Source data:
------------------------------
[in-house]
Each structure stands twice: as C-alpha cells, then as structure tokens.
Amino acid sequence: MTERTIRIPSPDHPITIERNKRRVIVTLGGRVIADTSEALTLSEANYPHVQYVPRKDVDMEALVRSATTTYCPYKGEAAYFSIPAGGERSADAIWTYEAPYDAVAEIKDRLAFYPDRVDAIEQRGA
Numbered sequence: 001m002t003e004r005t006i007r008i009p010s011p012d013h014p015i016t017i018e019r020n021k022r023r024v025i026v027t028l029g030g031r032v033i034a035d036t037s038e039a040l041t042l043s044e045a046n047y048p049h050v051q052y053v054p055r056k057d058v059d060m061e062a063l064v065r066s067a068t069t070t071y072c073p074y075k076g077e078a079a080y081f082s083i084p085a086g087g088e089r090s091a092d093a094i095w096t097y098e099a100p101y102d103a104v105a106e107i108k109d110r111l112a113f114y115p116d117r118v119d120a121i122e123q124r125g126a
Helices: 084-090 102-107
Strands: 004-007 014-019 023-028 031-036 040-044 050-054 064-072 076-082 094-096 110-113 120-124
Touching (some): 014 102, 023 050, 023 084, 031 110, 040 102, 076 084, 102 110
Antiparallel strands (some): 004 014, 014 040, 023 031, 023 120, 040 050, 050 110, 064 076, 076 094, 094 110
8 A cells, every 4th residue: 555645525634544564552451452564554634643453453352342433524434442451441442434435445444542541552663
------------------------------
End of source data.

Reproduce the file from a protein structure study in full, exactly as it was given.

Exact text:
[in-house]
Each structure stands twice: as C-alpha cells, then as structure tokens.
Amino acid sequence: MTERTIRIPSPDHPITIERNKRRVIVTLGGRVIADTSEALTLSEANYPHVQYVPRKDVDMEALVRSATTTYCPYKGEAAYFSIPAGGERSADAIWTYEAPYDAVAEIKDRLAFYPDRVDAIEQRGA
Numbered sequence: 001m002t003e004r005t006i007r008i009p010s011p012d013h014p015i016t017i018e019r020n021k022r023r024v025i026v027t028l029g030g031r032v033i034a035d036t037s038e039a040l041t042l043s044e045a046n047y048p049h050v051q052y053v054p055r056k057d058v059d060m061e062a063l064v065r066s067a068t069t070t071y072c073p074y075k076g077e078a079a080y081f082s083i084p085a086g087g088e089r090s091a092d093a094i095w096t097y098e099a100p101y102d103a104v105a106e107i108k109d110r111l112a113f114y115p116d117r118v119d120a121i122e123q124r125g126a
Helices: 084-090 102-107
Strands: 004-007 014-019 023-028 031-036 040-044 050-054 064-072 076-082 094-096 110-113 120-124
Touching (some): 014 102, 023 050, 023 084, 031 110, 040 102, 076 084, 102 110
Antiparallel strands (some): 004 014, 014 040, 023 031, 023 120, 040 050, 050 110, 064 076, 076 094, 094 110
8 A cells, every 4th residue: 555645525634544564552451452564554634643453453352342433524434442451441442434435445444542541552663